Okay, fine. Woo has returned and we’re back to our five best starters. We’ll see how it goes the rest of the way.

The thing that scares me is now we’re talking about the third season-ending injury to a valued starting pitcher. Four if you want to count Easton McGee (whose season was dashed after one spot start in Seattle), though I don’t know if I’d call him “valued”. Digging deeper into our depth, obviously Chris Flexen was a flop and was DFA’d. And, until this year, Taylor Dollard was an up-and-coming prospect who just got his feet wet in AAA before going down for the season after 3 starts. Who’s left? Darren McCaughan (of the 5.99 ERA in Tacoma, and underwhelming mop-up appearances with the Mariners) and Tommy Milone (of the 4.44 ERA in Tacoma, with two decent spot starts with the M’s spanning 9 total innings). That’s it. The cupboard is bare in AA; there aren’t any more flashy prospects waiting in the wings.

Now, I see that – as part of yesterday’s spate of roster moves – we picked up someone named Luke Weaver. He’s just flat out bad. He started all year for Cincinnati and sucked through and through with a near-7 ERA, averaging less than 5 innings per outing. It was pretty clear the Reds didn’t trust him, nor was he someone to be trusted, ultimately resulting in his release last week.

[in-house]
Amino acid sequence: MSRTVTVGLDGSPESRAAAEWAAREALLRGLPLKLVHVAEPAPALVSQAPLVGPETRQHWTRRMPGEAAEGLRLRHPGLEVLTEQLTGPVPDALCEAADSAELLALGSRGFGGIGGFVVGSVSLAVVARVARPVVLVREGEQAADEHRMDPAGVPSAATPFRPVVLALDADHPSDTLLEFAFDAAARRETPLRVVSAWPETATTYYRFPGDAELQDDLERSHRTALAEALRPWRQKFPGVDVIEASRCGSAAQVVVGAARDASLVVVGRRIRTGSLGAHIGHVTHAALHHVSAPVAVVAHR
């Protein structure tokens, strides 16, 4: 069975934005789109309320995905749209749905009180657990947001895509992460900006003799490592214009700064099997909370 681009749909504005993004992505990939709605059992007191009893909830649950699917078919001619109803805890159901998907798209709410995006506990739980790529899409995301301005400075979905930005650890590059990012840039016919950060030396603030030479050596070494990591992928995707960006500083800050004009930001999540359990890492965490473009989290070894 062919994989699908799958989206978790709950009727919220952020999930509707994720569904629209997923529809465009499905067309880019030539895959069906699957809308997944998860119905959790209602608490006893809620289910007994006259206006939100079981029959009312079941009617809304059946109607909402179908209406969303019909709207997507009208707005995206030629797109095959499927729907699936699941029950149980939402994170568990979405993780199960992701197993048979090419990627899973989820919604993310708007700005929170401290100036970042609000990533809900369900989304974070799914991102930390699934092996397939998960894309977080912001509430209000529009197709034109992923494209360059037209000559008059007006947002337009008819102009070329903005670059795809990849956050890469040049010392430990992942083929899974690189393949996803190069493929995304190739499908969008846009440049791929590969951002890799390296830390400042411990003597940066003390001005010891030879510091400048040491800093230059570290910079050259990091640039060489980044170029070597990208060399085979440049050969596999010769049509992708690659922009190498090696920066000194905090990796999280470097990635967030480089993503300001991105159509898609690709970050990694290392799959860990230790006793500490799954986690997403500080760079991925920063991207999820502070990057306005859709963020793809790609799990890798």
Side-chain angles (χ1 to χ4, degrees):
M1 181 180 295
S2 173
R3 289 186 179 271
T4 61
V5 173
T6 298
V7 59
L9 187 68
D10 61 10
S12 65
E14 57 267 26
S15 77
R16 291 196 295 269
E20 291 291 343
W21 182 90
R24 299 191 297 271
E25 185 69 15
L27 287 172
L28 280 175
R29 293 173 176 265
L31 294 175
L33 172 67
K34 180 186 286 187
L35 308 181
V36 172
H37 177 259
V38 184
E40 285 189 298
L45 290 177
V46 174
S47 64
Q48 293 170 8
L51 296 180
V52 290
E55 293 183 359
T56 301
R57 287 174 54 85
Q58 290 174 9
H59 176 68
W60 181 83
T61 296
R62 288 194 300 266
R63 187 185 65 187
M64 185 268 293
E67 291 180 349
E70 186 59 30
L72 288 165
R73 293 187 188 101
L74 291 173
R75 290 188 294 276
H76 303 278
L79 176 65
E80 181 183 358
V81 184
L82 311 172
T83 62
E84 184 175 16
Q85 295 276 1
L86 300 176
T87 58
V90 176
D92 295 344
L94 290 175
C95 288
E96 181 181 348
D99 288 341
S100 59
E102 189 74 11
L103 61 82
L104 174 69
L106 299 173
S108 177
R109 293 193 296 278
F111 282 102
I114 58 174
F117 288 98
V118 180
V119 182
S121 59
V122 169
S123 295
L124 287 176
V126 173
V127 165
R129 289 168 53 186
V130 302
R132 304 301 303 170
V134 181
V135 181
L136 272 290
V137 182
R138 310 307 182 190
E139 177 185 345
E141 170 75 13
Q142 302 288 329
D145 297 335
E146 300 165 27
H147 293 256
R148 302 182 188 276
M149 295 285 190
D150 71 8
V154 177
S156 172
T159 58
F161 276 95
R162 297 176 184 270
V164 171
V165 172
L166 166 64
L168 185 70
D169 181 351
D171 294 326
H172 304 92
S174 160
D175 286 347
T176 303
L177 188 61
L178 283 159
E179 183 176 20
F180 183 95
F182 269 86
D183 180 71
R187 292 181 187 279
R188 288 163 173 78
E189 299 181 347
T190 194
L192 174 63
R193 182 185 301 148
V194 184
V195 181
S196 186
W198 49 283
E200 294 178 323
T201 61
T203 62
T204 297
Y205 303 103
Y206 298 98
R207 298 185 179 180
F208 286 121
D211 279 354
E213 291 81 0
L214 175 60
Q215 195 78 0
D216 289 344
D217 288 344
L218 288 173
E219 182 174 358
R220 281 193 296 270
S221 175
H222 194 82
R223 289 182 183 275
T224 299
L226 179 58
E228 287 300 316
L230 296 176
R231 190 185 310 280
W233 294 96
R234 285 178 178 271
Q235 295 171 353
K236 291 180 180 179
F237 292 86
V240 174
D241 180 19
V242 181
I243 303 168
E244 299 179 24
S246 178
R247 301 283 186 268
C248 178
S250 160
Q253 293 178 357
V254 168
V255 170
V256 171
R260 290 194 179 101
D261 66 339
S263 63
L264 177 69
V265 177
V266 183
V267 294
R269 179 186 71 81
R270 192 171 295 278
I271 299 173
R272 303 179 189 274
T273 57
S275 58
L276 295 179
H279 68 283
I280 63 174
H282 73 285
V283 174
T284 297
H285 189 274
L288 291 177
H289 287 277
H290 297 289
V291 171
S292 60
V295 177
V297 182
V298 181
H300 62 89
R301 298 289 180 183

We’re told that he’s going to be a long reliever, and an occasional spot starter, and BOY HOWDY does that sound unappealing coming from him.

It’s weird that we’d choose Weaver over Milone or McCaughan, two guys in our system, whose stuff we’re familiar with. What do we know about Weaver? He’s got a good pitch mix, but just hasn’t unlocked his potential yet? He’s 30 years old! He is who we thought he was! Besides, is late August of a pennant chase the best time to build up a reclamation project? Can you even call someone a “reclamation project” if he’s never put together a full season of competence?

Here’s my concern: what if we lose another starter? That’s what I’m talking about when I say we’re on the brink. God forbid we lose one of our top three guys, but even if we lose Miller or Woo to injury, the dropoff is CONSIDERABLE. Again, the plus side is that it’s late August. A pisspoor fifth starter won’t ultimately be the reason we’d fail to miss the playoffs in that scenario. But, then again, the Mariners are where they’re at, and the margin for error is pretty thin. So, YEAH, a pisspoor fifth starter MIGHT ultimately be the reason we flame out! One bad game in the last week or two of the season might be the one game that costs us.

Hopefully, the offense is here to stay, and maybe they’d bail us out going forward. That’s what I have to cling to, anyway. The Rays have been bitten by the injury bug probably more than any contender, and yet they’ve still managed to stay in the thick of things. They’re an inspiration! Here’s to the Mariners being like the Rays (minus employing the alleged underage sexual assaulters).

Well, really, here’s to the Mariners not losing any more guys to injury. Let’s stay just the way we are from here on out!